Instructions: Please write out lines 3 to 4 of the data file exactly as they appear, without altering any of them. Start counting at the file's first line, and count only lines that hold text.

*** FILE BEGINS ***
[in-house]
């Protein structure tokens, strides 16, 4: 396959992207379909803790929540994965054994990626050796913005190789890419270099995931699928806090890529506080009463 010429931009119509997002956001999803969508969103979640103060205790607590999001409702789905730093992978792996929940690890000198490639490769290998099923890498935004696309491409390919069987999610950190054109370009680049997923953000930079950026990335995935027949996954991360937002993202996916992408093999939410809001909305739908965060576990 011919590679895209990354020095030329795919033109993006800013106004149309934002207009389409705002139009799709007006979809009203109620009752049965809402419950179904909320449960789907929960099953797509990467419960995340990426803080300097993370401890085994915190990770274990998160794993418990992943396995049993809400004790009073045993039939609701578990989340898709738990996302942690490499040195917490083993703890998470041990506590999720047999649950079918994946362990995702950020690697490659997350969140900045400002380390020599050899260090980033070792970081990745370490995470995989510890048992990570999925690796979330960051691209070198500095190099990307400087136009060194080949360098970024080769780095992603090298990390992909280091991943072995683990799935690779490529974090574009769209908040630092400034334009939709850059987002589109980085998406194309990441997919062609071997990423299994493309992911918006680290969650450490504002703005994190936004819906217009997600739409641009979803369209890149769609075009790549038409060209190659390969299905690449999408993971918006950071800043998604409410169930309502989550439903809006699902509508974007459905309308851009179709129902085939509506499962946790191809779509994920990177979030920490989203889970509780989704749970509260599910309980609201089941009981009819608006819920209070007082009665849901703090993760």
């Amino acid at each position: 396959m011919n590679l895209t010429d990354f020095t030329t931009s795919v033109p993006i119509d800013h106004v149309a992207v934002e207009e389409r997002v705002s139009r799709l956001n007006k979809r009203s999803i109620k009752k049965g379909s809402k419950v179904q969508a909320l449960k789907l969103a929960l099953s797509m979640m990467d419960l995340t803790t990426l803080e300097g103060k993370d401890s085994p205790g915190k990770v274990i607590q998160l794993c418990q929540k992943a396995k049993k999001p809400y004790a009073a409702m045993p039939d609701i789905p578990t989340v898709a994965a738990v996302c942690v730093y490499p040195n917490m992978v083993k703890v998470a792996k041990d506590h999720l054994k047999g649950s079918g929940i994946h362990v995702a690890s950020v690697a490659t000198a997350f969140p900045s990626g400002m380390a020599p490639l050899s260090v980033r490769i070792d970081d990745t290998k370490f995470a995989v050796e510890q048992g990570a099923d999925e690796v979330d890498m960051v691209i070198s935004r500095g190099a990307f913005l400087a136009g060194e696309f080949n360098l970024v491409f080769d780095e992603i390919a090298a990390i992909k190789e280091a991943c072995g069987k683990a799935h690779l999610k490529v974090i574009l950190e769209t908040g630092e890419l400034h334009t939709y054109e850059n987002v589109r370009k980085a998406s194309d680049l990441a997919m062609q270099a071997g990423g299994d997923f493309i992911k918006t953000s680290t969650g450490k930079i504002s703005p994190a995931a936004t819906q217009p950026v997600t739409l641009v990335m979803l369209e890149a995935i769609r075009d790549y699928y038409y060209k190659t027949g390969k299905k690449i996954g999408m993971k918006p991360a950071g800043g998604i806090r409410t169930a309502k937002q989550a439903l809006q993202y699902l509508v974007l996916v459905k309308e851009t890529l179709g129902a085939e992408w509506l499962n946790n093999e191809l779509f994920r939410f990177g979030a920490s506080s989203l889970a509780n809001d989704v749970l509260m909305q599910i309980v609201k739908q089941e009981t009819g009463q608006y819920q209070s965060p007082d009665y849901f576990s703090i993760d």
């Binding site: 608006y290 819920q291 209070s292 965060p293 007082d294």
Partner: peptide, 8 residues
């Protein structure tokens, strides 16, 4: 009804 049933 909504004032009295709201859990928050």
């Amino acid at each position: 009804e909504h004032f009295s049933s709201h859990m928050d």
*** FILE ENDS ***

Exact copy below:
């Amino acid at each position: 396959m011919n590679l895209t010429d990354f020095t030329t931009s795919v033109p993006i119509d800013h106004v149309a992207v934002e207009e389409r997002v705002s139009r799709l956001n007006k979809r009203s999803i109620k009752k049965g379909s809402k419950v179904q969508a909320l449960k789907l969103a929960l099953s797509m979640m990467d419960l995340t803790t990426l803080e300097g103060k993370d401890s085994p205790g915190k990770v274990i607590q998160l794993c418990q929540k992943a396995k049993k999001p809400y004790a009073a409702m045993p039939d609701i789905p578990t989340v898709a994965a738990v996302c942690v730093y490499p040195n917490m992978v083993k703890v998470a792996k041990d506590h999720l054994k047999g649950s079918g929940i994946h362990v995702a690890s950020v690697a490659t000198a997350f969140p900045s990626g400002m380390a020599p490639l050899s260090v980033r490769i070792d970081d990745t290998k370490f995470a995989v050796e510890q048992g990570a099923d999925e690796v979330d890498m960051v691209i070198s935004r500095g190099a990307f913005l400087a136009g060194e696309f080949n360098l970024v491409f080769d780095e992603i390919a090298a990390i992909k190789e280091a991943c072995g069987k683990a799935h690779l999610k490529v974090i574009l950190e769209t908040g630092e890419l400034h334009t939709y054109e850059n987002v589109r370009k980085a998406s194309d680049l990441a997919m062609q270099a071997g990423g299994d997923f493309i992911k918006t953000s680290t969650g450490k930079i504002s703005p994190a995931a936004t819906q217009p950026v997600t739409l641009v990335m979803l369209e890149a995935i769609r075009d790549y699928y038409y060209k190659t027949g390969k299905k690449i996954g999408m993971k918006p991360a950071g800043g998604i806090r409410t169930a309502k937002q989550a439903l809006q993202y699902l509508v974007l996916v459905k309308e851009t890529l179709g129902a085939e992408w509506l499962n946790n093999e191809l779509f994920r939410f990177g979030a920490s506080s989203l889970a509780n809001d989704v749970l509260m909305q599910i309980v609201k739908q089941e009981t009819g009463q608006y819920q209070s965060p007082d009665y849901f576990s703090i993760d």
């Binding site: 608006y290 819920q291 209070s292 965060p293 007082d294």